Adventures in the Early Days of Solar Power



Solar panels and battery array. Photo by Aur Beck

Growing up completely off-grid only using low-tech energy sources, including candles and kerosene for lighting with an occasional battery-operated device, such as our shortwave radio, made me desire to figure out how to avoid needing to constantly buy these items. When The Farm, an intentional community near us, had an alternative energy fair in 1990, I was extremely excited to learn about photovoltaic (PV) solar energy and right away started studying and learning about it.

I distinctly remember the magic of seeing a PV module directly powering a fan — and that I could control the speed of the fan by how much light I blocked by causing a shadow. The power of the sun was cooling me off! Note that I interchangeably use solar “module”, the proper tech term, and solar “panel”, a more common name that industry folks consider technically a device for heating hot water or hot air.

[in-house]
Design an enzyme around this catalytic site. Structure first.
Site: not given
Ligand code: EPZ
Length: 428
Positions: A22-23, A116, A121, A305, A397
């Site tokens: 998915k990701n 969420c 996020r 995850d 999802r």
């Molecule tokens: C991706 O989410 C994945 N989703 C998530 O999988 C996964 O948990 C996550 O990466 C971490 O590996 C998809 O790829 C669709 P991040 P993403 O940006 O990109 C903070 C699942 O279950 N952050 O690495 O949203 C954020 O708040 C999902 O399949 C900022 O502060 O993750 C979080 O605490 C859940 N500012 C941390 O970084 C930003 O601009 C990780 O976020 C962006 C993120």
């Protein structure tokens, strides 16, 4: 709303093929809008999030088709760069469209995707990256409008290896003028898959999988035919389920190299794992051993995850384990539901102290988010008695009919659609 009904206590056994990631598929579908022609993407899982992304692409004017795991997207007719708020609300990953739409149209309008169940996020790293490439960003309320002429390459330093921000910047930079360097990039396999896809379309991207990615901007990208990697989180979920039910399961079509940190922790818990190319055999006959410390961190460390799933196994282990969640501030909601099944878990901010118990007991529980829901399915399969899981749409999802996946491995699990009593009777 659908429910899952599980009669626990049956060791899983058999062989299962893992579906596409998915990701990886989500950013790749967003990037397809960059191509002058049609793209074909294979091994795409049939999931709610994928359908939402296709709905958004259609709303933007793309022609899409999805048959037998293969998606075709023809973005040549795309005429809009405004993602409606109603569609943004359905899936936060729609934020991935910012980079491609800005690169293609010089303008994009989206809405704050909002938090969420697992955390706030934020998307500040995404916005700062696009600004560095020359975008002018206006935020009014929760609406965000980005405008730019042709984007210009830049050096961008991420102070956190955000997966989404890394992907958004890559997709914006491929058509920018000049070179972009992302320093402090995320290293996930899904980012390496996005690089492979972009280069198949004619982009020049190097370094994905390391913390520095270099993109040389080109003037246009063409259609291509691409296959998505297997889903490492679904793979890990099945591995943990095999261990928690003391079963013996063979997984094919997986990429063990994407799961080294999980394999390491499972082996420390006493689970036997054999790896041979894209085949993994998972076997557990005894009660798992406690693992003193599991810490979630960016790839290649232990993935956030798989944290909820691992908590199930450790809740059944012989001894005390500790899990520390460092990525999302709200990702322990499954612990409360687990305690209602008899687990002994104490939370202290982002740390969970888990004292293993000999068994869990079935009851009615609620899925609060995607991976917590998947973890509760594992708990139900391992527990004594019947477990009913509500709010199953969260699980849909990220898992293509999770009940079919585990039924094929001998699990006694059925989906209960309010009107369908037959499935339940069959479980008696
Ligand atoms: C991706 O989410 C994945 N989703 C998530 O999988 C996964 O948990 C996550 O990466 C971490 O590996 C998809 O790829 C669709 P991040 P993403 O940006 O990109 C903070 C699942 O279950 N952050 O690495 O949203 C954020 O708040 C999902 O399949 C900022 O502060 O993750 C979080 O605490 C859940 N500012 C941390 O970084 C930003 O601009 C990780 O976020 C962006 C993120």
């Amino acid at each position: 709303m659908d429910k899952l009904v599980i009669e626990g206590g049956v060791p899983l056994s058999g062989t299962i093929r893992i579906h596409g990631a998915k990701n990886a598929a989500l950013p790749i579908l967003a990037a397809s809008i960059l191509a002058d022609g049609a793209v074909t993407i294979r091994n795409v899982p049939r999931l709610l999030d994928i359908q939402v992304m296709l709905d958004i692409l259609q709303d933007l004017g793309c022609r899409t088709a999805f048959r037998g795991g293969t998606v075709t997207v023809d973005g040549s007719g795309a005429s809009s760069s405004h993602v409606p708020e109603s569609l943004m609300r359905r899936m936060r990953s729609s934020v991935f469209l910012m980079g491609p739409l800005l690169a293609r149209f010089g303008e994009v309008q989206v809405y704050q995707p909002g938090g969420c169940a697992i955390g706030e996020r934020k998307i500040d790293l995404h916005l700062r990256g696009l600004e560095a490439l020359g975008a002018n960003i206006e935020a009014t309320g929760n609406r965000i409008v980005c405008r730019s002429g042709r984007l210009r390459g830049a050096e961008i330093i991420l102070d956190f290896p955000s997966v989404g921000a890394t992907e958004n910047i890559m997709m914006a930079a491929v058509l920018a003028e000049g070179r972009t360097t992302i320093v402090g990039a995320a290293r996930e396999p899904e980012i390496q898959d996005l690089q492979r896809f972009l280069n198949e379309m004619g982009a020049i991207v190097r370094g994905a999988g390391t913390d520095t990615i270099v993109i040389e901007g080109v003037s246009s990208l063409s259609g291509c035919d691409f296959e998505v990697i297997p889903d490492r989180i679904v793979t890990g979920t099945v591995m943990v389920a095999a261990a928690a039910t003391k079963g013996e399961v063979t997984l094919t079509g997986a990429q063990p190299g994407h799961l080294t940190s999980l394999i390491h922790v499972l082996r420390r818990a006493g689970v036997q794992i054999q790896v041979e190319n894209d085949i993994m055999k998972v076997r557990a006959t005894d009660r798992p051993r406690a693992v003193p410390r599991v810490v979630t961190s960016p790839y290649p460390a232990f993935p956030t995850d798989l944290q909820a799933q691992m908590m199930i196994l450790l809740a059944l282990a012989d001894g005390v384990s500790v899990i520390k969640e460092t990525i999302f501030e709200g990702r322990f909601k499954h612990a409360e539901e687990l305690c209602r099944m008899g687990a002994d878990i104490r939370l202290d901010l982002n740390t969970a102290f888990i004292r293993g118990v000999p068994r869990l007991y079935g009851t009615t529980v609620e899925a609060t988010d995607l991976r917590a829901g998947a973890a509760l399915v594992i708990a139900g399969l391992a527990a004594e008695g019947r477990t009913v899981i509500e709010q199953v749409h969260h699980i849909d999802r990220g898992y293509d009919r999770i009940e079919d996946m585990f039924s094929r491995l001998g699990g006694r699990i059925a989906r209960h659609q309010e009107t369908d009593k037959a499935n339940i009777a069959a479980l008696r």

Life Powered by Batteries Before Solar

Before discovering this PV magic, I had been powering my shortwave radio using many D batteries and lights by setting up jumper cables to charge an older starter battery on the floor of the passenger side of my truck. When I was driving around, it would charge the battery, which I could then remove from the truck to power 12-volt halogen lights, my CB radio (my early days phone), my shortwave radio for news around the world, and a small, 6-inch, 12-volt fan.

I would have to recharge that battery every couple of days. I somehow was given a little PV panel (either Frank Micheals or Albert Bates made a trade for it); it provided under 5 watts of power. I needed to recharge via my truck less often after I hooked it up, but in retrospect, it probably was doing next to nothing.

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